Supposedly, it maintains the user’s privacy while it looks “at some session data (like headers, user agent, and browser characteristics) to validate users without challenging them”… and without storing any cookies.
I despise and viscerally resent Google’s reCAPTCHA, of course, for obvious reasons, not to mention the fact that they have been successful in getting it widely seeded throughout the internet.
This is the devil. Why should I enable scripts, take down my defenses - why do I need to compromise my security? And why, on why, is there no alternative classic manual method - this will not work every time and some alternatives need to exist. This may seem benign but the same method could be used to limit users in all kinds of ways for all kinds of reasons.
One might really have to access a website - banking, mobile phone account, etc. - in which case blocking the script that enables the browser check may not be a viable option. I still think it’s unjust and insulting to have to prove my humanness in order to even visit a website. I’ve also sometimes had to complete CAPTCHAs after I’ve already logged in, even.
I agree there should be an alternative, though. One type of human check I can tolerate is the kind that Hotels(dot)com uses; it presents a grid of cartoon scenes and instructs me to “pick the penguin.” (So far, it has always been a penguin for me. ) At least this type doesn’t seem like it’s collecting data from me.
But that makes sense. Just because you logged in doesn’t prove that you are human. It would be easy enough for a malicious human to create an account, login, and then use the resulting credentials in his malicious script.
It is true that humanness checking is used to prevent automated attacks against login forms (brute forcing) and for that purpose you are right to question why you have to prove humanness after logging in.
Likewise it does also make sense to have to prove humanness even to visit a web site, in the contexts of
retrieving information from that web site because, for example, they don’t want a robot scraping the entire contents of the web site (either because of the load that that would impose on the web site or, more likely, because they want to keep control of the information and ensure that only ‘fair use’ is made of the information), or
a contact form that will generate e.g. an email when you submit the form
and no doubt other contexts.
So I think you should assume that proving humanness will be around for some time to come … in which case you want a way of proving humanness that
b) does not store any information anywhere beyond the immediate transaction of proving humanness.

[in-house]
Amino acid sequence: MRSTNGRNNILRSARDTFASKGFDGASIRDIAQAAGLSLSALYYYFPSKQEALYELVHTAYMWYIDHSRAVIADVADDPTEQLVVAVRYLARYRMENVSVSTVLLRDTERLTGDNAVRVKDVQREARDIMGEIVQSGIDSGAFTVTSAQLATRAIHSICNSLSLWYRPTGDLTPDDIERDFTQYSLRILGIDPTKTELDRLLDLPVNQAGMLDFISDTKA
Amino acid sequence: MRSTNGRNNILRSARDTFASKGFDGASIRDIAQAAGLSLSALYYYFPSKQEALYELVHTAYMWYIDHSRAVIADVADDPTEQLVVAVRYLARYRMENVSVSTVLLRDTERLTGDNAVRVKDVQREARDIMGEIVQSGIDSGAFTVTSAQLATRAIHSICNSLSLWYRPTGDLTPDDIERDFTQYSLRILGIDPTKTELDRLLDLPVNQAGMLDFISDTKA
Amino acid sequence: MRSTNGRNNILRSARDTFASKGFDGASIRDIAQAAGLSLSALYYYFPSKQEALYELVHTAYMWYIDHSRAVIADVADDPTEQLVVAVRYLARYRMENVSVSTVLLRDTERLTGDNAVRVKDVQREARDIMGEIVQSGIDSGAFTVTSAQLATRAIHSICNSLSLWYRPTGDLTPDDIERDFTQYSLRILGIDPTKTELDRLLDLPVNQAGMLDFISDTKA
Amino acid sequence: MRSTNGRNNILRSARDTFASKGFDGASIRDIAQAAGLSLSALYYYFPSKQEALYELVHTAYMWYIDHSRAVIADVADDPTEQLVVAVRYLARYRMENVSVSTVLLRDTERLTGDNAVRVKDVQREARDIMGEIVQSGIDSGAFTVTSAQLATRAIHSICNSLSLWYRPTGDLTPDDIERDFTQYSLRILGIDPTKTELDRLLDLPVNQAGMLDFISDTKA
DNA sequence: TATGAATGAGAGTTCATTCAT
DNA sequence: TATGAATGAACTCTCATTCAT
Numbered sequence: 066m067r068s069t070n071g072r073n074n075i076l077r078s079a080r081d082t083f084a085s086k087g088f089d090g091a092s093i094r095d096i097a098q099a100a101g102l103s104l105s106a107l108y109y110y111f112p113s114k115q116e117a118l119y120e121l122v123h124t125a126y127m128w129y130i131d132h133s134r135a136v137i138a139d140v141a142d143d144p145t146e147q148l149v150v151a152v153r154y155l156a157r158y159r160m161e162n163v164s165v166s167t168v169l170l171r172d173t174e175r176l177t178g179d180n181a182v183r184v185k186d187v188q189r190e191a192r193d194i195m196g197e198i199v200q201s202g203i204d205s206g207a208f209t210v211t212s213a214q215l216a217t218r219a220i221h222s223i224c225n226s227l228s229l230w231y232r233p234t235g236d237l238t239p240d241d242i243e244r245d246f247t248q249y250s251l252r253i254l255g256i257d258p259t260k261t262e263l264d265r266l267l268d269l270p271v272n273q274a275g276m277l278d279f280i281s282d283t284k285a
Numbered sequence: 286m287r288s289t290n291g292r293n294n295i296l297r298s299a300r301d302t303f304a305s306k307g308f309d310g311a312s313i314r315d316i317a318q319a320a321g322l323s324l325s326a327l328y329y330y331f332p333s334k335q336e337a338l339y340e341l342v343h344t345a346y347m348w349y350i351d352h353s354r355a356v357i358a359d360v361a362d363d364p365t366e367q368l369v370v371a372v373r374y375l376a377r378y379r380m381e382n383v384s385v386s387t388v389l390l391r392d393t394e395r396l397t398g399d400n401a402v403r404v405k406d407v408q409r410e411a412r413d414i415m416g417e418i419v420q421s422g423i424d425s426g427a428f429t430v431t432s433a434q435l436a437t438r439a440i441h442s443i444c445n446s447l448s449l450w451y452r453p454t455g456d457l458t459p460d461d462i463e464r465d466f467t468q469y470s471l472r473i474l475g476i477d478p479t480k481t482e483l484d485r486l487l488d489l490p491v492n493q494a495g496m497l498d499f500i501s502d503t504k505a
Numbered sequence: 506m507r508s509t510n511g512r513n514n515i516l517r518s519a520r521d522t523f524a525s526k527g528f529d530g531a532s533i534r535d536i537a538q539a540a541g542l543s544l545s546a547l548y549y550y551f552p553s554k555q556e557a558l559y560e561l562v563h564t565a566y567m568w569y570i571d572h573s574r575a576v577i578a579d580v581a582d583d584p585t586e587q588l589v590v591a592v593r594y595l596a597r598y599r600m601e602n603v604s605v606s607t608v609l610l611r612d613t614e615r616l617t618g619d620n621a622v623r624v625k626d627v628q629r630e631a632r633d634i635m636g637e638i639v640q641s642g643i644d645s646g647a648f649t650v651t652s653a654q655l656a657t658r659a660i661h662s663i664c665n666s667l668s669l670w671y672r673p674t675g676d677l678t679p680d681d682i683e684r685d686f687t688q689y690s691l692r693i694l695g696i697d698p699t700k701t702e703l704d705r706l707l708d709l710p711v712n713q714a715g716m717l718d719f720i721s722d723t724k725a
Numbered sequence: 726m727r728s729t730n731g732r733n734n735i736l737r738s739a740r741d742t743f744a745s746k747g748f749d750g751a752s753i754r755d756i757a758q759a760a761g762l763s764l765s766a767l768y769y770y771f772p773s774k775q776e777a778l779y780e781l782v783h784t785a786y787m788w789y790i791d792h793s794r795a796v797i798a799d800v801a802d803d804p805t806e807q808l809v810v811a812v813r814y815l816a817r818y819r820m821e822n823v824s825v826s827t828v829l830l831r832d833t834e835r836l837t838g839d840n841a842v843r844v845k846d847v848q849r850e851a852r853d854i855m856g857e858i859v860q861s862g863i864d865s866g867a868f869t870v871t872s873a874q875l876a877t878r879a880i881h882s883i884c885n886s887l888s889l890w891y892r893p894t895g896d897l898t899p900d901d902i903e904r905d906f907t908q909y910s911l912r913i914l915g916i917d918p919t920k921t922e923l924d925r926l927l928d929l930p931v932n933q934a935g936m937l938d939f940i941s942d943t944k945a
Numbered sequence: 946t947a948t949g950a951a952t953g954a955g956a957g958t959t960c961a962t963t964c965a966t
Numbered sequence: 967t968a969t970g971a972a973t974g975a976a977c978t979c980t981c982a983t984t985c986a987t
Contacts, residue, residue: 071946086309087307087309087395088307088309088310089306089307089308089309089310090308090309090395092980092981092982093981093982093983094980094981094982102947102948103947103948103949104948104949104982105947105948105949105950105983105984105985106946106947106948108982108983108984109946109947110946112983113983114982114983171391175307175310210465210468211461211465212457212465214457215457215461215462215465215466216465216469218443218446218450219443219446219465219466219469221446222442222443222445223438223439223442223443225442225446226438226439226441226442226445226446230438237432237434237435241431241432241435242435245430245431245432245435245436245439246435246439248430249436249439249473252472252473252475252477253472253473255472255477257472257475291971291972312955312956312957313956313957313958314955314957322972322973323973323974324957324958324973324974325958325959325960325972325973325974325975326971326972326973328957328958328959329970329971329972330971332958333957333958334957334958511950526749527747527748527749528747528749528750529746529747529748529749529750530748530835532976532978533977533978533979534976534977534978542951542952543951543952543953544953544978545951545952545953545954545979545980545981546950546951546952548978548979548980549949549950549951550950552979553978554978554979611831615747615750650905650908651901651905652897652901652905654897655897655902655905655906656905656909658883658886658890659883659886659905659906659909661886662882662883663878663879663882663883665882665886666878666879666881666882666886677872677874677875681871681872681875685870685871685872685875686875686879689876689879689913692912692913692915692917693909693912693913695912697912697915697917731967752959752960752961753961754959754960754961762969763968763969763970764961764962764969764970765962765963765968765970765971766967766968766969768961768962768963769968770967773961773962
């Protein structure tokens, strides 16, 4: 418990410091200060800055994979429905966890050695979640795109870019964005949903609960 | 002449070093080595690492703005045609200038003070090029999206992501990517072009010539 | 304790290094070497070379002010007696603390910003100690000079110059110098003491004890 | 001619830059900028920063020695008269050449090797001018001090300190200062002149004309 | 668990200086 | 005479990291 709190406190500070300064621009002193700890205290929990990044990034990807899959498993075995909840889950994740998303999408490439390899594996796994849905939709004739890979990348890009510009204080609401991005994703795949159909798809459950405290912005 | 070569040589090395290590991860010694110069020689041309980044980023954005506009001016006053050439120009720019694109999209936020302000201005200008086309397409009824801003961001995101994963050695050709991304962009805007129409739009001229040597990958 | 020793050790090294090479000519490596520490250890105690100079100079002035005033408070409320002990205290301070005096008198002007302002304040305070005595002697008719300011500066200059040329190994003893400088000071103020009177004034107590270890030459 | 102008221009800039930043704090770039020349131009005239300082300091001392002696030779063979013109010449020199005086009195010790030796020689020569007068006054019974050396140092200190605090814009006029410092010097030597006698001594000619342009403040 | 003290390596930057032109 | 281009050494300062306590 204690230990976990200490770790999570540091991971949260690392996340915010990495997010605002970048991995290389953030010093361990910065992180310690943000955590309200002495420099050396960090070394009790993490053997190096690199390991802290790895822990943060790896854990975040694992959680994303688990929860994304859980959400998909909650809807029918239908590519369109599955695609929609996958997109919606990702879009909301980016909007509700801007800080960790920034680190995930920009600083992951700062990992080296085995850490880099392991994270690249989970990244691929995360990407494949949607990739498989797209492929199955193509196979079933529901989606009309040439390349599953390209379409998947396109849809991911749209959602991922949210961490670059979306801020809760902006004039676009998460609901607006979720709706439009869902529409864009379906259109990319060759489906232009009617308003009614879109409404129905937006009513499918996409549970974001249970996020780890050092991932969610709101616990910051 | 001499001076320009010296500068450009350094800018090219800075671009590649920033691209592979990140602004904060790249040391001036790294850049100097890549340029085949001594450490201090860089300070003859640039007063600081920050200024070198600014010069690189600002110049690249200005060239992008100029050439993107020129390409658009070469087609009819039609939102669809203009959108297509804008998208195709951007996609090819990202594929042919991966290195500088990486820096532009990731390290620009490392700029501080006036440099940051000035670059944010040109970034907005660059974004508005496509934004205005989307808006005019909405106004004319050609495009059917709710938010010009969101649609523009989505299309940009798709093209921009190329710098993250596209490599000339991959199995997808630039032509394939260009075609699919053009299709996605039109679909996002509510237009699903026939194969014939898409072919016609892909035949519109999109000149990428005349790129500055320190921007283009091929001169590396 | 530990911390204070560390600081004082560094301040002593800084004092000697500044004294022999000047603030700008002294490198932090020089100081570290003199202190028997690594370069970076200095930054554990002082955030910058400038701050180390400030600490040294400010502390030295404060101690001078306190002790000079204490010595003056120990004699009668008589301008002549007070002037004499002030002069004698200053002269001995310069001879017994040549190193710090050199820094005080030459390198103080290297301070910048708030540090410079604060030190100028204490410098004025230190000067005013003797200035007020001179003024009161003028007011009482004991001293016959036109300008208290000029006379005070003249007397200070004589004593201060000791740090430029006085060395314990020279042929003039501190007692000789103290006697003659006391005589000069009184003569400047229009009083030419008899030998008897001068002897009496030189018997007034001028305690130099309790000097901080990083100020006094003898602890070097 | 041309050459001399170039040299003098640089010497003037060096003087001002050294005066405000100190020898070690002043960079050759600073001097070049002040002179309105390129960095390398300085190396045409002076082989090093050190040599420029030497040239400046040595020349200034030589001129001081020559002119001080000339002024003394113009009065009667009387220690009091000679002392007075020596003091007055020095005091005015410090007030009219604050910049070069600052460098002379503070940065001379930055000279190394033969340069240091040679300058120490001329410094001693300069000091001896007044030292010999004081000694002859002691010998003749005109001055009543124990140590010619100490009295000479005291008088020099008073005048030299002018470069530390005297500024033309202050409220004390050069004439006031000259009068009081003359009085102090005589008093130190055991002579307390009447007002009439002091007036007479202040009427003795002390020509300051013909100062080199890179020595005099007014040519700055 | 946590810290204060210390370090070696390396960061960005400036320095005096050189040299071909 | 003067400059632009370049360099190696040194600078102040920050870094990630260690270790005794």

My web sites meet those conditions but they would also easily be breakable if a human being looked at the behaviour of the web site and then explicitly coded support to break the human check into his malicious script - or if a fairly(?) intelligent AI looked at the behaviour of the web site.
Hence you really want a third condition
c) not easily breakable.
With the idea in the OP it obviously depends on what data is looked at and whether, for example, anti-fingerprinting will cause it to give false results (says not human when actually is).
Yes, this is a fundamental conflict. If a CAPTCHA is reasonably effective, and particularly if it is free, laziness and other factors say that it will be widely used - but if it involves any recording, it also becomes a privacy threat, following you throughout the internet.
Because CAPTCHAs are used to protect login forms, random web sites do have an incentive to find an effective CAPTCHA and use it.
Although only a minor part of Cloudflare’s solution, Private Access Tokens sound like a bad direction to be going in and they will probably never work with Linux or other open source environments. They probably only work at all on iOS because on iOS all web browsers are required to be a wrapper around the one standard built-in web browser - and that approach is something that is dubious at best.
I guess any solution that dilutes the near monopoly of a Google solution is an improvement.
That particular one looks like a Windows exploit, which I reckon will fail fairly quickly for most of us. Maybe they have a Linux variant although they would have to detect the operating system on which the browser is running correctly in order to serve out the correct variant.
(Digressing further here, I’ve seen some attacks against consumer-class routers that run Linux where the initial malicious shell script just iterates through each architecture, downloading and running a malicious executable, in the hope ideally that exactly one of the executables runs and the others all bomb out immediately or at least that if more than one executable runs then they don’t interfere with each other.)